As yet exalt you yourself against my people, that you will not let them go?
The text describes two classes, viz., those that feared the word of the Lord, and those that "set not their hearts " to it. Here is a very distinct parable in history for our use and instruction. We may note —
I. THE DIVINE WARNING.
1. It was "the word of Jehovah." It was sent through a specially commissioned messenger.
2. It was sword of mercy. The Lord willeth not the death of a sinner.
3. It was a word of threatening. But the threat was only against those whose wilful disobedience would merit judgment.
II. THE DIFFERENT WAYS IN WHICH IT WAS REGARDED.
1. Wholesome fear. This fear was a fruit of faith. A feeble spark of faith, perhaps, but enough to stimulate action.
2. Careless neglect. Proverbs 14:16, gives well the contrast of the two classes. This "carnal security" a very common source of spiritual danger.
III. THE DEFINITE APPLICATION TO OURSELVES. God has sent His word to us, full of mingled promises and warnings, declarations of mercy and judgment. Are we taking heed thereto? By startling events, by secret stirrings of conscience, by the Bible, by His special messengers, "the ministers of Christ and stewards of the mysteries of God," God speaks. Do we listen? or do we, listless, if not openly scornful, let the utterance be to us as an idle tale? The gospel of Christ, as proclaimed to men, offers a refuge from God's just wrath against sinful man. If we refuse, we shall be worthy of worse punishment than heathen who have never heard, and it shall be more tolerable for them in the day of judgment than for us. Before the hailstorm of judgment come, let us "set our heart to" the word of the Lord; so shall we be safe in the evil day.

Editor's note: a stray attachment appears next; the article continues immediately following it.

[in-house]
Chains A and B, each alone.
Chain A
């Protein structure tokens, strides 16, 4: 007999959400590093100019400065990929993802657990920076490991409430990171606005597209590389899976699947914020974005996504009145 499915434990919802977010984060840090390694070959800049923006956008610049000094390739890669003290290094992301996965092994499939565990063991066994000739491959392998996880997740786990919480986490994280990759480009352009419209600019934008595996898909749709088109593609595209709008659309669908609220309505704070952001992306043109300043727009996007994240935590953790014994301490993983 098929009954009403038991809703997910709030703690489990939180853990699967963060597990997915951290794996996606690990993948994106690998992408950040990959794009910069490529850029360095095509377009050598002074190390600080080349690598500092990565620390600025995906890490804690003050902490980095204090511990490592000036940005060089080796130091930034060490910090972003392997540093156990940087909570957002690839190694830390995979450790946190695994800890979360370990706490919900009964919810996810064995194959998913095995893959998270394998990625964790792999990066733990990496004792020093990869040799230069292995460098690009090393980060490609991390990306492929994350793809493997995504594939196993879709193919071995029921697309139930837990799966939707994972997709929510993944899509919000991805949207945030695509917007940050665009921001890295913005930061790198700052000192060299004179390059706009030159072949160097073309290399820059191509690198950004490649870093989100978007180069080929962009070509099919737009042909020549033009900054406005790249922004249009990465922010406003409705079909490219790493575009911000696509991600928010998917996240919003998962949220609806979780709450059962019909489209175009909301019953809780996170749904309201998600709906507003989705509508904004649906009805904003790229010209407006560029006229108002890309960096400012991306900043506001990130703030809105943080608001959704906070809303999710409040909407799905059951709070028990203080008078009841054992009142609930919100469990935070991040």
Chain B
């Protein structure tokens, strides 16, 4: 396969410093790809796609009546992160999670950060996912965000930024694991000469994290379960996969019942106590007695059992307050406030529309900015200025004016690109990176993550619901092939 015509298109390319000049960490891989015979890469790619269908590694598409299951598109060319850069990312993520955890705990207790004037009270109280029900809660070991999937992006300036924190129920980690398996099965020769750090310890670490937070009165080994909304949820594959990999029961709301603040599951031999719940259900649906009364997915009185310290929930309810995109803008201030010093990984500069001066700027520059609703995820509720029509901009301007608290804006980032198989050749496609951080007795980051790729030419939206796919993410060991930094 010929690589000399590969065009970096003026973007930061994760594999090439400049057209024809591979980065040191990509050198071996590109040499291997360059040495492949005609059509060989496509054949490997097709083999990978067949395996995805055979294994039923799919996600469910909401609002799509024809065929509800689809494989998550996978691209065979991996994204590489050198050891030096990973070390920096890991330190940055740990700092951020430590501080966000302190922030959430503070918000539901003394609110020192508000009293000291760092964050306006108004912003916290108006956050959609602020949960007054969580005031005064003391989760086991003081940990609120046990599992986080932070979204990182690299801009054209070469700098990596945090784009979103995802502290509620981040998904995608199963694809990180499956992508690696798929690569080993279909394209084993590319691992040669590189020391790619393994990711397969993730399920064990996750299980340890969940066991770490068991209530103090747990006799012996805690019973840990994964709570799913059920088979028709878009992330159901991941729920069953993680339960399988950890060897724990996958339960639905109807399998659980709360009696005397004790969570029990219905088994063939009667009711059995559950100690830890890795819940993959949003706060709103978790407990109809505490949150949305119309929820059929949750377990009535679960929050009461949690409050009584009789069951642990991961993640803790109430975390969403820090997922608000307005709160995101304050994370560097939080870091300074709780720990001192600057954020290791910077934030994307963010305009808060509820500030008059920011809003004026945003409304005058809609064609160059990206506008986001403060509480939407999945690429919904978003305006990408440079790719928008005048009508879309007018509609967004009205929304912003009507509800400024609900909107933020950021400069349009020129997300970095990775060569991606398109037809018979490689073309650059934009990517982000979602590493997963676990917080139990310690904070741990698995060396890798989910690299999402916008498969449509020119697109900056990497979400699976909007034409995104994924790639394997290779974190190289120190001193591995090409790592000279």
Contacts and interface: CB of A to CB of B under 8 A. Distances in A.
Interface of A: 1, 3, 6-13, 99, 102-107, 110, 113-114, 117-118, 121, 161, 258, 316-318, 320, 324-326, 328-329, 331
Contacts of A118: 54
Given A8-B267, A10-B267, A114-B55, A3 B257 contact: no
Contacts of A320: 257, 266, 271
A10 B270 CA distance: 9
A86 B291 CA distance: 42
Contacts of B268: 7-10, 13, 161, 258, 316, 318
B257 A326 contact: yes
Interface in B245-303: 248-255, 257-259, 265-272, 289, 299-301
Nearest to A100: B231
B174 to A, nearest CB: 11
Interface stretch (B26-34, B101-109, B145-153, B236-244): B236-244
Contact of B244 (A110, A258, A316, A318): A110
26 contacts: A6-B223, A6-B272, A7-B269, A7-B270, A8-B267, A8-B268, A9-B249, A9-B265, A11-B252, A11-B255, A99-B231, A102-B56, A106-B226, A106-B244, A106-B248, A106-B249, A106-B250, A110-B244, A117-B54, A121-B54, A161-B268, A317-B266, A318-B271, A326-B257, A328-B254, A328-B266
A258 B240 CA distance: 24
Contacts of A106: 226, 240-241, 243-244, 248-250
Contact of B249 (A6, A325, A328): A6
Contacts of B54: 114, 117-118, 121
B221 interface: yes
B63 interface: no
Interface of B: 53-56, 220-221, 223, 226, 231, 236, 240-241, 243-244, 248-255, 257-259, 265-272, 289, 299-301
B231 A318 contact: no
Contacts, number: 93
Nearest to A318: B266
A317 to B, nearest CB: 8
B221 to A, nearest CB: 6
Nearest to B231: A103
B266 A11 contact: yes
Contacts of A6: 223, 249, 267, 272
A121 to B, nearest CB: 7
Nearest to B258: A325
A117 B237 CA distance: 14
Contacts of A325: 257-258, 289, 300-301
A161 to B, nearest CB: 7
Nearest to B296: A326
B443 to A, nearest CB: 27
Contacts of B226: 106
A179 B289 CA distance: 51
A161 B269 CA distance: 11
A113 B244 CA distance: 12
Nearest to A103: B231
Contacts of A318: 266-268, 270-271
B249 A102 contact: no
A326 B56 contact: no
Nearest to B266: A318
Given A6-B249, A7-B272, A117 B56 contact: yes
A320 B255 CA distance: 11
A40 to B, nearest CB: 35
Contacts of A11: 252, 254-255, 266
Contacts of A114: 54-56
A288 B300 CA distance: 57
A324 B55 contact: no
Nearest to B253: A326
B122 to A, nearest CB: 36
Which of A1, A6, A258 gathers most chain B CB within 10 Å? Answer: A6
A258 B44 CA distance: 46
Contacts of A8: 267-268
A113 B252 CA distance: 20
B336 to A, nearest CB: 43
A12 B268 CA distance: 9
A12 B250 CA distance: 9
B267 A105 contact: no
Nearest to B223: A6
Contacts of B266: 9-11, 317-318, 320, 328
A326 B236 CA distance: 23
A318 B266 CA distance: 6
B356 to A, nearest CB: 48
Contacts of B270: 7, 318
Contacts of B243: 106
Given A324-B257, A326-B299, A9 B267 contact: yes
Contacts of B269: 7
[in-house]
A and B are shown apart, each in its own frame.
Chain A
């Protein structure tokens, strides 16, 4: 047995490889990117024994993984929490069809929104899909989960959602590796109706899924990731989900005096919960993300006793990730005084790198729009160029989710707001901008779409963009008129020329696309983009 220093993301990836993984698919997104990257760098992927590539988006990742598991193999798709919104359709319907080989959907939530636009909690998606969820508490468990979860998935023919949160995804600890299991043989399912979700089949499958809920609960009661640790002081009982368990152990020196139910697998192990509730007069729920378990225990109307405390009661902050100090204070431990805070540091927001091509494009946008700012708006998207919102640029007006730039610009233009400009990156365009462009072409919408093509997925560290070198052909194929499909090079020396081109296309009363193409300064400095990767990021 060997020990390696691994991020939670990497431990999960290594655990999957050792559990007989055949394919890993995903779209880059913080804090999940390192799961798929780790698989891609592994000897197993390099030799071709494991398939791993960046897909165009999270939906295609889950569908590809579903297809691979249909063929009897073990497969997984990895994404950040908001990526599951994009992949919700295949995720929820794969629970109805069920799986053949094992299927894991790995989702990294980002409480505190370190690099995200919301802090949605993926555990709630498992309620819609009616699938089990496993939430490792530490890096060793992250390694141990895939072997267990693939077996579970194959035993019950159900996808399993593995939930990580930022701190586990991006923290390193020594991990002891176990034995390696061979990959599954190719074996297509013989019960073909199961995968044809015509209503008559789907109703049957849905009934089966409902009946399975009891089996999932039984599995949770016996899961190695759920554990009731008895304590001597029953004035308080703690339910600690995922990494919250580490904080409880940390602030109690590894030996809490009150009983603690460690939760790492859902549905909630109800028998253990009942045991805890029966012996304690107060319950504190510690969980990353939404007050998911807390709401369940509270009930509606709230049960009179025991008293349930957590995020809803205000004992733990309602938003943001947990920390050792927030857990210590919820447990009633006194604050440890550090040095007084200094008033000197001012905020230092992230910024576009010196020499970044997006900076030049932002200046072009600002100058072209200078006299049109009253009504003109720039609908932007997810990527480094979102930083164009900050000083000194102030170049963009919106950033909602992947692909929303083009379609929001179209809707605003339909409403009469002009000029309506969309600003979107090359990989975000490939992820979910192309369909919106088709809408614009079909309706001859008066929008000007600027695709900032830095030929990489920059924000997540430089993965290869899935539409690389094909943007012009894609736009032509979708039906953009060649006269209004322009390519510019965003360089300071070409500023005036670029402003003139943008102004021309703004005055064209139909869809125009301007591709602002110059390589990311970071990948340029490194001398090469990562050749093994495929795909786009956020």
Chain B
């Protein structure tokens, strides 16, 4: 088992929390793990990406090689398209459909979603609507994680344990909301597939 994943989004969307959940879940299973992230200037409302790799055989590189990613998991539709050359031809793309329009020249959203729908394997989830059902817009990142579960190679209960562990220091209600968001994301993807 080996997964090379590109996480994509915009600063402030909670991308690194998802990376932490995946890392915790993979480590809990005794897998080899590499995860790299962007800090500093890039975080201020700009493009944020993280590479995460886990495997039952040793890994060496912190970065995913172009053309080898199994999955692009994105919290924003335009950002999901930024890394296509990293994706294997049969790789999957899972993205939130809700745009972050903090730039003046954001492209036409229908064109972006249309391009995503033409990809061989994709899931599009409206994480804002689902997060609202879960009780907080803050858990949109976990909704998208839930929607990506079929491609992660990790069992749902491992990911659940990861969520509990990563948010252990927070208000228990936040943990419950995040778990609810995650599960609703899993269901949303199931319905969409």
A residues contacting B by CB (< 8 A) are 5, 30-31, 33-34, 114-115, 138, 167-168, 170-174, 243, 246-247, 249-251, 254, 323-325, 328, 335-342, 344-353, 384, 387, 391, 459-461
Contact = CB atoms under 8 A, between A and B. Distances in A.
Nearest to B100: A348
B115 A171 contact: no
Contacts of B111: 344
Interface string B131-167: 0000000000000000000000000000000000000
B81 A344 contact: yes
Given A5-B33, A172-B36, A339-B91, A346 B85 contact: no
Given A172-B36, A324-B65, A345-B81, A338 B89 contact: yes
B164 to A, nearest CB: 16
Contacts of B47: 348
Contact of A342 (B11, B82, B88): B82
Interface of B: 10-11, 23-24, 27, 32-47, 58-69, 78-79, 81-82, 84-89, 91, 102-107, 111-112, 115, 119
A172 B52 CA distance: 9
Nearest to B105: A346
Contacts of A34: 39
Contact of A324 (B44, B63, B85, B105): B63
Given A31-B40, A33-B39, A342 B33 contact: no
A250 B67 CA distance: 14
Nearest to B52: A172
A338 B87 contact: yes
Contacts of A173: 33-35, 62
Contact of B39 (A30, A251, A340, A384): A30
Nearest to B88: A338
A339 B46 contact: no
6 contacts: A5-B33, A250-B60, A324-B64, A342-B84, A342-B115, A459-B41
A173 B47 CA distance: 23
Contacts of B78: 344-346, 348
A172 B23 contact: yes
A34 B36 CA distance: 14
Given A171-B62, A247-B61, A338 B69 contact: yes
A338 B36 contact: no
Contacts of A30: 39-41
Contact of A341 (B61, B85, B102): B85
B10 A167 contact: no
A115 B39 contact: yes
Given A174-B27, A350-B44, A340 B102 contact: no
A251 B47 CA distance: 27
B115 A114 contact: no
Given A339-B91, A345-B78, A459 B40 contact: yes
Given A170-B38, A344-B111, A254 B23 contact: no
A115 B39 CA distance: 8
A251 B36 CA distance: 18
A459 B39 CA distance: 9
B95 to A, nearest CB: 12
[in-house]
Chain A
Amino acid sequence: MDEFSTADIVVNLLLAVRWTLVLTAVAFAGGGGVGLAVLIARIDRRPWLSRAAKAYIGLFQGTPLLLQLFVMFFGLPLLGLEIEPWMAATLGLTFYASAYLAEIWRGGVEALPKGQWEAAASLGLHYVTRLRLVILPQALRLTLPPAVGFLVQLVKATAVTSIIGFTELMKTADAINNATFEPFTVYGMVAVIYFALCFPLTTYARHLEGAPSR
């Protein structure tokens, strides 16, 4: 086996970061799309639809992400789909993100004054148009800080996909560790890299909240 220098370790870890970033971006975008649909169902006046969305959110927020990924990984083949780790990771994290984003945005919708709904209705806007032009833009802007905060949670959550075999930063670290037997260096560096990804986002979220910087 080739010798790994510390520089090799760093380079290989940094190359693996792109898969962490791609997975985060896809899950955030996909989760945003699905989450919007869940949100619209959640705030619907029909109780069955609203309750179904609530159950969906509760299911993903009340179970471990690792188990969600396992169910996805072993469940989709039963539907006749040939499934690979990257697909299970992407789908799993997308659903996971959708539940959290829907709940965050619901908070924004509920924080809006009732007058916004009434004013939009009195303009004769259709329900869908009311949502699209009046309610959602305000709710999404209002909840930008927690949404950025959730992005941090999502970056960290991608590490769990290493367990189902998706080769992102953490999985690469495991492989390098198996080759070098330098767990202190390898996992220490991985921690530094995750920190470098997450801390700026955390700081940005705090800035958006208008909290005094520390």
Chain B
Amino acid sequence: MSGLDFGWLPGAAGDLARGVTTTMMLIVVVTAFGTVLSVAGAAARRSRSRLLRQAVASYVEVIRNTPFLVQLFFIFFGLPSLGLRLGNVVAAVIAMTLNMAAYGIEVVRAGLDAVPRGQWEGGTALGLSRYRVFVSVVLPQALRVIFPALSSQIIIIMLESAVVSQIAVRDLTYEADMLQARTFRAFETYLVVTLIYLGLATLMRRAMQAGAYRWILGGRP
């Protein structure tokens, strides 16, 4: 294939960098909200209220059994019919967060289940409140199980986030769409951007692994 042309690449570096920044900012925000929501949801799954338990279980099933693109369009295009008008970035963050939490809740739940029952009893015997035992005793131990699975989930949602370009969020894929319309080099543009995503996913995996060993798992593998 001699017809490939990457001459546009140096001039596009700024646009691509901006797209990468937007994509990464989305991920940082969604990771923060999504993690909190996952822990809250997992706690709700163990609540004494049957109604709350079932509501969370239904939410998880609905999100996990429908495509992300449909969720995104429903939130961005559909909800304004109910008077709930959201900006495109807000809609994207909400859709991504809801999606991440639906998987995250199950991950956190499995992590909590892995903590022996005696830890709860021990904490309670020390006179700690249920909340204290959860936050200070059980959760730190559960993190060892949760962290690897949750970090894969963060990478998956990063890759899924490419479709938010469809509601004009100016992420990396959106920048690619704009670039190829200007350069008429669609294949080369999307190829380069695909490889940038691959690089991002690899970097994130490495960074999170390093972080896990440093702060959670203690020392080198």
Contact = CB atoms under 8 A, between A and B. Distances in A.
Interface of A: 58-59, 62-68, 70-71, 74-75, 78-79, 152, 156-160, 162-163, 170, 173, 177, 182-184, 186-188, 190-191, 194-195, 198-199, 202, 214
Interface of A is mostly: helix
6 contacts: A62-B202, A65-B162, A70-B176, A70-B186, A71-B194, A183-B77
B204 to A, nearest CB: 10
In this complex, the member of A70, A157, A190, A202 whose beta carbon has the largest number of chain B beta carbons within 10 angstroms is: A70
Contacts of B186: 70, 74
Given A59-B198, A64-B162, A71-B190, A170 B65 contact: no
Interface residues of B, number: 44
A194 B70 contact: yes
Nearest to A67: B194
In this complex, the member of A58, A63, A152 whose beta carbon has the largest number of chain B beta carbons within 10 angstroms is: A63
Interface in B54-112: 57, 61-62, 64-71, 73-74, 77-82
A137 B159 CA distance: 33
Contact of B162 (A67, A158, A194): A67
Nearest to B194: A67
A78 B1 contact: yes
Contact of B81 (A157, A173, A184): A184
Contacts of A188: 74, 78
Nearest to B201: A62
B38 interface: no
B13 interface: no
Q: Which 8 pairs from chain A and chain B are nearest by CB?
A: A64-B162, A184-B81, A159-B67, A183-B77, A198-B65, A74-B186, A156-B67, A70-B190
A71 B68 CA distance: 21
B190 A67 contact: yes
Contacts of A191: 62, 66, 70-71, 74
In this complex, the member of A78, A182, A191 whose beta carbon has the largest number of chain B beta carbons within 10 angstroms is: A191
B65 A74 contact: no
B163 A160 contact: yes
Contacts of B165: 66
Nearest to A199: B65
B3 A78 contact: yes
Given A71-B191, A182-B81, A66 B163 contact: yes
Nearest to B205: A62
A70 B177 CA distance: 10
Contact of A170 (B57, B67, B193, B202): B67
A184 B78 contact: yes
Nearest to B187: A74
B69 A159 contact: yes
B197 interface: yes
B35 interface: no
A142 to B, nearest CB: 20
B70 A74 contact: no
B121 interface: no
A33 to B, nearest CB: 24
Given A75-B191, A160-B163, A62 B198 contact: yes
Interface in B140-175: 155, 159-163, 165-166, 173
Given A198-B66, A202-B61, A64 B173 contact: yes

(W. Saumarez Smith, B. D.)
Parallel VersesKJV: As yet exaltest thou thyself against my people, that thou wilt not let them go?